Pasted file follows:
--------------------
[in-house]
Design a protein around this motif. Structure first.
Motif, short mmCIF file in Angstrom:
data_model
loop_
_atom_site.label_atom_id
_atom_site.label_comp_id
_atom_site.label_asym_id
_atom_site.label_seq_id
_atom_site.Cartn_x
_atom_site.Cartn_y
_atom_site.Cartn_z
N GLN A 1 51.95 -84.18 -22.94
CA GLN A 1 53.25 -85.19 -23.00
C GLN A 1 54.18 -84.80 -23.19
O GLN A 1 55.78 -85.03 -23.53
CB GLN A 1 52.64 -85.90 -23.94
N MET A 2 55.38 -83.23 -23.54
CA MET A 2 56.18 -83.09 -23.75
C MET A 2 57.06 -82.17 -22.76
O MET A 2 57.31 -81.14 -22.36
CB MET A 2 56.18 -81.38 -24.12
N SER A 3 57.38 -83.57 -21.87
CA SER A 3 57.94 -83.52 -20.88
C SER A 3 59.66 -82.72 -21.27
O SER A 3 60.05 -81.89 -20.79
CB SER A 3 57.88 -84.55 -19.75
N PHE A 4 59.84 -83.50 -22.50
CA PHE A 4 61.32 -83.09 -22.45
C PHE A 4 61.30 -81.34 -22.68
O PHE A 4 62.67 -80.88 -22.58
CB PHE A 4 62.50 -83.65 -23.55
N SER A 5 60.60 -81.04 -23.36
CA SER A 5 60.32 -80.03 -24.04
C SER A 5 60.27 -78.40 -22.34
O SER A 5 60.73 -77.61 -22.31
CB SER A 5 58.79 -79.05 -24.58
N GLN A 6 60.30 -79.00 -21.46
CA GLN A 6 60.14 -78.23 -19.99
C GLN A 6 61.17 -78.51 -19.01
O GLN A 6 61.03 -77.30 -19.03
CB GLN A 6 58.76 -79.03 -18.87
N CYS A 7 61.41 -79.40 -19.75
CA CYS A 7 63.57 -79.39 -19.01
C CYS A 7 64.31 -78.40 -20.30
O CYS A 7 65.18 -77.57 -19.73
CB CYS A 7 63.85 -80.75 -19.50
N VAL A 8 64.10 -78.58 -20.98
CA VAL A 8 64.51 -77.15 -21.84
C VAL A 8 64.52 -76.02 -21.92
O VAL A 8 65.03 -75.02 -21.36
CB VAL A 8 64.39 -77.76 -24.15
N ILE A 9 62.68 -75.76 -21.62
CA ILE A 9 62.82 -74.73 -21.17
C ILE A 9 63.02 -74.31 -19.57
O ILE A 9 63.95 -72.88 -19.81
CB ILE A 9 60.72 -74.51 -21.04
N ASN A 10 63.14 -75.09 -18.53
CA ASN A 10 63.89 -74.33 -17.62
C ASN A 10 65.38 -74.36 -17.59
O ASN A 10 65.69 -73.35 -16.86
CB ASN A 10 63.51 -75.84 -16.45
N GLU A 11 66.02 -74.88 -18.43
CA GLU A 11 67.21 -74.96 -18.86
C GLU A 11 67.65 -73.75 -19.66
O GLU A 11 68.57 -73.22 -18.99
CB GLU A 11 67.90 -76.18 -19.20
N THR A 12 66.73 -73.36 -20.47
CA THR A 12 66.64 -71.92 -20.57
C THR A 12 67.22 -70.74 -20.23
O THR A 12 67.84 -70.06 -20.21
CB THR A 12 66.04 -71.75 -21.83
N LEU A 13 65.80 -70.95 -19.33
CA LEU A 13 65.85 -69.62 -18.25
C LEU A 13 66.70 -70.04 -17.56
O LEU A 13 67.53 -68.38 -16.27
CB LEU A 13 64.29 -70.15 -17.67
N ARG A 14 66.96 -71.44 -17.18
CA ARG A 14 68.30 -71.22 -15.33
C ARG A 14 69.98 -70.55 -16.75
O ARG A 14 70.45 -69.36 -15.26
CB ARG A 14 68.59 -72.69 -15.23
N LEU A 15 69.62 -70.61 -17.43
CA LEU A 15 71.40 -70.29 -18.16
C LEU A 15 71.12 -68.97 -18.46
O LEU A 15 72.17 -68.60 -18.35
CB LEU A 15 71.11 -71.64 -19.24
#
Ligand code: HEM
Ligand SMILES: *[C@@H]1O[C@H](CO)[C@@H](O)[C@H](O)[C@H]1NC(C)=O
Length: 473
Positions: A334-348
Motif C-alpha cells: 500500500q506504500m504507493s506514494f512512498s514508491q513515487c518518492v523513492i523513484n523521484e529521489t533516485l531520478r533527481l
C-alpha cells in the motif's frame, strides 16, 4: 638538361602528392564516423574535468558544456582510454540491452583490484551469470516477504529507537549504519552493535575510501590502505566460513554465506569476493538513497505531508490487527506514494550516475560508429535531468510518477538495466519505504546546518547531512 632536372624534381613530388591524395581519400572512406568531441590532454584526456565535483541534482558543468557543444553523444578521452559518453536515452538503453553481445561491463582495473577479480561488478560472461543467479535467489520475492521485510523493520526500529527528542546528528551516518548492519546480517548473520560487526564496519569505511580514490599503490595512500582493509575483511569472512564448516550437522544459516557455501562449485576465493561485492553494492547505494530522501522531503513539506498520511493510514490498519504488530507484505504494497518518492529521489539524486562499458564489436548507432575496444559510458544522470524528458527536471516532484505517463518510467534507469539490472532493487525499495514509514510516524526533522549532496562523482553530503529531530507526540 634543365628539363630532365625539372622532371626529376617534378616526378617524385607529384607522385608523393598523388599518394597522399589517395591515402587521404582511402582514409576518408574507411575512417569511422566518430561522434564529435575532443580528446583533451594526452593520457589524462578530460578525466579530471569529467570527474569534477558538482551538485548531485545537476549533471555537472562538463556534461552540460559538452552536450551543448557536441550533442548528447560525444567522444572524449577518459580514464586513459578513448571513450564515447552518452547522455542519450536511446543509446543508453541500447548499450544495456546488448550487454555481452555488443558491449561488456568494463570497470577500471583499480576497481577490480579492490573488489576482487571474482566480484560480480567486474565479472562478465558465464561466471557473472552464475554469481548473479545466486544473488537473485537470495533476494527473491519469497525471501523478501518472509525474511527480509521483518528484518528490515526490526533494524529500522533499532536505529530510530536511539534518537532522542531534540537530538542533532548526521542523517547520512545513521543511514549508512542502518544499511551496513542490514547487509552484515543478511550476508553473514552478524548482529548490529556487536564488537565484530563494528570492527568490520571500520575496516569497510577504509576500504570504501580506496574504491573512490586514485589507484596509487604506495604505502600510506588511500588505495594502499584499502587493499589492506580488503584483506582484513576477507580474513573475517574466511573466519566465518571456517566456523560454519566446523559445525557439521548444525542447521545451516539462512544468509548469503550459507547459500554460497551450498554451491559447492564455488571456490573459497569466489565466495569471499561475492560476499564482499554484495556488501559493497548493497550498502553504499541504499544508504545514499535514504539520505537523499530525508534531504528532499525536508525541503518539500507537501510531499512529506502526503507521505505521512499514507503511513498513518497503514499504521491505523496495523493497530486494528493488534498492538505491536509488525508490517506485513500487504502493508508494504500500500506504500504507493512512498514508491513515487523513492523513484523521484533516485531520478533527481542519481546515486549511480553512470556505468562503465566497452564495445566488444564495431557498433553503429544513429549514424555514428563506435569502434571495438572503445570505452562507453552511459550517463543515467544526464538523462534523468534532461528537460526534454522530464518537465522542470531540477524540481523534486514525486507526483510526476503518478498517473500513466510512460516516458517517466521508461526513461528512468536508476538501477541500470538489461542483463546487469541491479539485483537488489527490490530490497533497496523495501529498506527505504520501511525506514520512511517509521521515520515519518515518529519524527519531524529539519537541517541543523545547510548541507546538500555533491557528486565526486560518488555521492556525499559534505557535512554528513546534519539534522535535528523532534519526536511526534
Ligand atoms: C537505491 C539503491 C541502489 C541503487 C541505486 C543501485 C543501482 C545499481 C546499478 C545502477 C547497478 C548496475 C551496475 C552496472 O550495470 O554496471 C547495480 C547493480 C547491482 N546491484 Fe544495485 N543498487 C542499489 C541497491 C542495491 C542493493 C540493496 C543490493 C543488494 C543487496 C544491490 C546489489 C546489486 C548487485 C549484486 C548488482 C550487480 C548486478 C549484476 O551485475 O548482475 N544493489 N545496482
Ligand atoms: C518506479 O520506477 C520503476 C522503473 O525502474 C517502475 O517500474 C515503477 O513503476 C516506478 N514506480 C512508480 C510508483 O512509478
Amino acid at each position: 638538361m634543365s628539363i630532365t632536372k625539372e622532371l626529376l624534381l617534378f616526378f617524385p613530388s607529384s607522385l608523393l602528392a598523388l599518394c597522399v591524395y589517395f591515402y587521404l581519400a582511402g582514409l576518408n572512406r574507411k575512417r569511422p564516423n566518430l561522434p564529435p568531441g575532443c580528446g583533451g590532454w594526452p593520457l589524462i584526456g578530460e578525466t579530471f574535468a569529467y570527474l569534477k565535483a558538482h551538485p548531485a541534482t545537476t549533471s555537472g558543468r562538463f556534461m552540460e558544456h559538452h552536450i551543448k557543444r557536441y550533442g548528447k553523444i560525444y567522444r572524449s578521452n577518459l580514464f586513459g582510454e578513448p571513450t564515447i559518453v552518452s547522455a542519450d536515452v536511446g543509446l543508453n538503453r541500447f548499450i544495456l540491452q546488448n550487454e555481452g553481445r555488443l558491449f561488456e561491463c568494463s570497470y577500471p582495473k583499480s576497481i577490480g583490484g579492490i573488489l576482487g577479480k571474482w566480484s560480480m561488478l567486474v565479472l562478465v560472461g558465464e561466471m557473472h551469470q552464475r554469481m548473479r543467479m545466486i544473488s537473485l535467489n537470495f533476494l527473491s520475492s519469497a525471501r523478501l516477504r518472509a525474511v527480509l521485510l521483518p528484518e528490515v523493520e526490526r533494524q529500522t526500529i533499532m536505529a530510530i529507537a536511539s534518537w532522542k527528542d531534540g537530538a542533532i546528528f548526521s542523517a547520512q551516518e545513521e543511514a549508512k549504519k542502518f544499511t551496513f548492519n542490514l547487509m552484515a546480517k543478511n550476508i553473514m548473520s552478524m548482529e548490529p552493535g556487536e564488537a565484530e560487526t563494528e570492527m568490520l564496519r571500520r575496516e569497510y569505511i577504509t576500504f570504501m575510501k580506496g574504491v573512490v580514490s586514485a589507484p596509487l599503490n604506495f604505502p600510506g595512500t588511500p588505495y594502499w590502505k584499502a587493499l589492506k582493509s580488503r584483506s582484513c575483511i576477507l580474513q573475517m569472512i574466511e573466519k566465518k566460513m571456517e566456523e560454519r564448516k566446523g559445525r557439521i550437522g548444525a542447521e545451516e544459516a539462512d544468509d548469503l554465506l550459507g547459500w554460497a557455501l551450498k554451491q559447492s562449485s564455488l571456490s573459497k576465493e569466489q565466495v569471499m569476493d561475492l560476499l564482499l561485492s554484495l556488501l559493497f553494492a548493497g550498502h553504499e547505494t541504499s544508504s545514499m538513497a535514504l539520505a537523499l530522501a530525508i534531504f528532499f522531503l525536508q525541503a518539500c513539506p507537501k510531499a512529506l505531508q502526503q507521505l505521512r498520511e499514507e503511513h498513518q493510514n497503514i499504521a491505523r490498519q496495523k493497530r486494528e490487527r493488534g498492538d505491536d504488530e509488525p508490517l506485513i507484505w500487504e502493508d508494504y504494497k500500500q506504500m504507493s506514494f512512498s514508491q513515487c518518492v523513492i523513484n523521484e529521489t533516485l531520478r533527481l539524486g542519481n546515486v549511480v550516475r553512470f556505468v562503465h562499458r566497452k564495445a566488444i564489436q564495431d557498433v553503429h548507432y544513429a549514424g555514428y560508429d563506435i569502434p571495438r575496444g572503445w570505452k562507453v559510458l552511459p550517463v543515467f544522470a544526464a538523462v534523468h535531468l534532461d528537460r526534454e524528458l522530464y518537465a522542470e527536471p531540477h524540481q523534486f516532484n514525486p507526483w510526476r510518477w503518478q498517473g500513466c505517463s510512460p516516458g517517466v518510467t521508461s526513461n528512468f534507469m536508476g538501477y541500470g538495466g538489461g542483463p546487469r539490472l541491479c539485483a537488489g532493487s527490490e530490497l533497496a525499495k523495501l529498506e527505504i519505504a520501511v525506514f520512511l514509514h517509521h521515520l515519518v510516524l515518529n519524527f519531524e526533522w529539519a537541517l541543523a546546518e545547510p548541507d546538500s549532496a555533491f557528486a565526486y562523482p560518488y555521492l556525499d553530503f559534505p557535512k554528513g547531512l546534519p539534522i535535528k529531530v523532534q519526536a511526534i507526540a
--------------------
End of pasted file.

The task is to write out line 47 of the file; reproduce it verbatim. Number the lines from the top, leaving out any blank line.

CB CYS A 7 63.85 -80.75 -19.50